‘If we sound angry and alarmed, that’s because we are’
Democratic Senators Elizabeth Warren and Tina Smith are among members of Congress urging President Joe Biden to declare a public health emergency after the US Supreme Court struck down abortion rights by overturning the landmark decision in Roe v Wade on 24 June.
As Republican officials prepare to implement criminal anti-abortion laws and impose prison terms and heavy fines against providers and people who “aid and abet” an abortion, pressure is building on the White House and Congress to strengthen protections for people seeking an abortion – including people traveling out of state, who fear prosecution from law enforcement at home.
“If we sound angry and alarmed, that’s because we are,” the senators wrote in The New York Times on 26 June. “We both lived in an America where abortion was illegal. A nation in which infections and other complications destroyed lives. A nation in which unplanned pregnancies derailed careers and livelihoods. A nation in which some women took their own lives rather than continue pregnancies they could not bear.”
Declaring a public health emergency will unlock “critical resources and authority that states and the federal government can use to meet the surge in demand for reproductive health services,” according to the senators. “The danger is real, and Democrats must meet it with the urgency it deserves.”
Senator Warren also is leading legislation to block data brokers from selling or transferring location and health data, over fears that one’s digital footprint – including Google search results, location information, period-tracking apps and other personal data – could be used as evidence of a crime.
Legal analysts and abortion rights advocates have warned that the availability of location data harvested from smartphones could be exploited by anti-abortion activists and law enforcement, relying on subpoenas to collect data for criminal anti-abortion cases in states that have made abortion illegal, hitting providers and those who “aid and abet” an abortion, in some cases, with prison sentences and heavy fines.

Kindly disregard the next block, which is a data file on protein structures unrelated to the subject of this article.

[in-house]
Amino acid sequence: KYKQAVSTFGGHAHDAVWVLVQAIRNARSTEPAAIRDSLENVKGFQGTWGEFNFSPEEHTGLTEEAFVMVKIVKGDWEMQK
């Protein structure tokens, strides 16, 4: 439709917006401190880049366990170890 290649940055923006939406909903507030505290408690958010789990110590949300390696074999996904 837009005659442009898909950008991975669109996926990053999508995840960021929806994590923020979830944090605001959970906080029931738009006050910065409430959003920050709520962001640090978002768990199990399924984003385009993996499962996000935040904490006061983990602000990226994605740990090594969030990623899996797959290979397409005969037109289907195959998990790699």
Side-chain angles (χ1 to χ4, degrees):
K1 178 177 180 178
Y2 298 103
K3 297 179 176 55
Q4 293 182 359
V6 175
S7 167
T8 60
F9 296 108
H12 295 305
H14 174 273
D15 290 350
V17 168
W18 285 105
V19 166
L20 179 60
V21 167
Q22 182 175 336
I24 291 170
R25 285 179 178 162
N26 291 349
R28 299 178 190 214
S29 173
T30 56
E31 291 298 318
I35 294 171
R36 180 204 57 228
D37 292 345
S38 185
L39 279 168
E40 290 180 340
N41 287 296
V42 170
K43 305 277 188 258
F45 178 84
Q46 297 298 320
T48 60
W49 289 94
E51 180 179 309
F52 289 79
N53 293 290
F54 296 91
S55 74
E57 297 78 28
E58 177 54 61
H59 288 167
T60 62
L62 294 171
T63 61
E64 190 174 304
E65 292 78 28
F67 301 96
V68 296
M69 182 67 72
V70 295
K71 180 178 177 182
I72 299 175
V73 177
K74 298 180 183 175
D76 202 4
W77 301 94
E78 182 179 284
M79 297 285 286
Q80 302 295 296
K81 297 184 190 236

Last month, Senator joined a group of 13 senators criticising two data brokers for collecting and selling phone-based location data from people who traveled to abortion clinics. She also was among senators urging Google chief executive officer Sundar Pichai to “stop unnecessarily collecting and retaining customer location data, to prevent that information from being used by right-wing prosecutors to identify people who have obtained abortions.”
Another bill – the My Body My Data Act – from Democratic US Rep Sara Jacobs would strictly limit which sexual health data can be “collected, retained, used, or disclosed” to only what is necessary for a person to use the product.
“Like tens of millions of Americans, I’ve used period-tracking apps to help manage my reproductive health,” she said in a statement. “It’s unconscionable that information could be turned over to the government or sold to the highest bidder and weaponised against us.”
Several district attorneys have told The Independent that they will not prosecute people seeking abortion care or who provide abortions.
President Biden directed the US Department of Health and Human Services to “to protect women’s access to critical medications for reproductive health care” including “essential preventive health care like contraception and medication abortion.”
US Attorney General Merrick Garland also has warned states that they cannot ban the medication abortion drug mifepristone – the most common form of abortion – as Republican legislators introduce dozens of proposals restricting the availability of approved prescription drugs to terminate a pregnancy.
A group of Democratic senators including Senator Warren have also called on the president to issue executive orders “instructing the leaders of every federal agency to submit their plans to protect the right to an abortion.”